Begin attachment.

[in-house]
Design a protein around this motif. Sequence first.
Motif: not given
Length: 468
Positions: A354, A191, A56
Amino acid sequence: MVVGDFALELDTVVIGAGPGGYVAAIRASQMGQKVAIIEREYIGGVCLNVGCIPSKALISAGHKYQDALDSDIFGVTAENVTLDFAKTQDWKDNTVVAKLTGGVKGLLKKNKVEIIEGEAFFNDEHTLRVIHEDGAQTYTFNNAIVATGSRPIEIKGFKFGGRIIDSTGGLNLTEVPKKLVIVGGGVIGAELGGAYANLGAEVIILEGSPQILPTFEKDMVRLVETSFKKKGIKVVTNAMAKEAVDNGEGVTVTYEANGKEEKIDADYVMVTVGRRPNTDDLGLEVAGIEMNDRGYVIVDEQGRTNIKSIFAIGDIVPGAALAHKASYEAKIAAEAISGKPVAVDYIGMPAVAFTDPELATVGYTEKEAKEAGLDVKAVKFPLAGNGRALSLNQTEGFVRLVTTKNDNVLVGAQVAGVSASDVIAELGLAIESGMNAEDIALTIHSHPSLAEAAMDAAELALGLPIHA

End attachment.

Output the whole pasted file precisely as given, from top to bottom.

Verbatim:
[in-house]
Design a protein around this motif. Sequence first.
Motif: not given
Length: 468
Positions: A354, A191, A56
Amino acid sequence: MVVGDFALELDTVVIGAGPGGYVAAIRASQMGQKVAIIEREYIGGVCLNVGCIPSKALISAGHKYQDALDSDIFGVTAENVTLDFAKTQDWKDNTVVAKLTGGVKGLLKKNKVEIIEGEAFFNDEHTLRVIHEDGAQTYTFNNAIVATGSRPIEIKGFKFGGRIIDSTGGLNLTEVPKKLVIVGGGVIGAELGGAYANLGAEVIILEGSPQILPTFEKDMVRLVETSFKKKGIKVVTNAMAKEAVDNGEGVTVTYEANGKEEKIDADYVMVTVGRRPNTDDLGLEVAGIEMNDRGYVIVDEQGRTNIKSIFAIGDIVPGAALAHKASYEAKIAAEAISGKPVAVDYIGMPAVAFTDPELATVGYTEKEAKEAGLDVKAVKFPLAGNGRALSLNQTEGFVRLVTTKNDNVLVGAQVAGVSASDVIAELGLAIESGMNAEDIALTIHSHPSLAEAAMDAAELALGLPIHA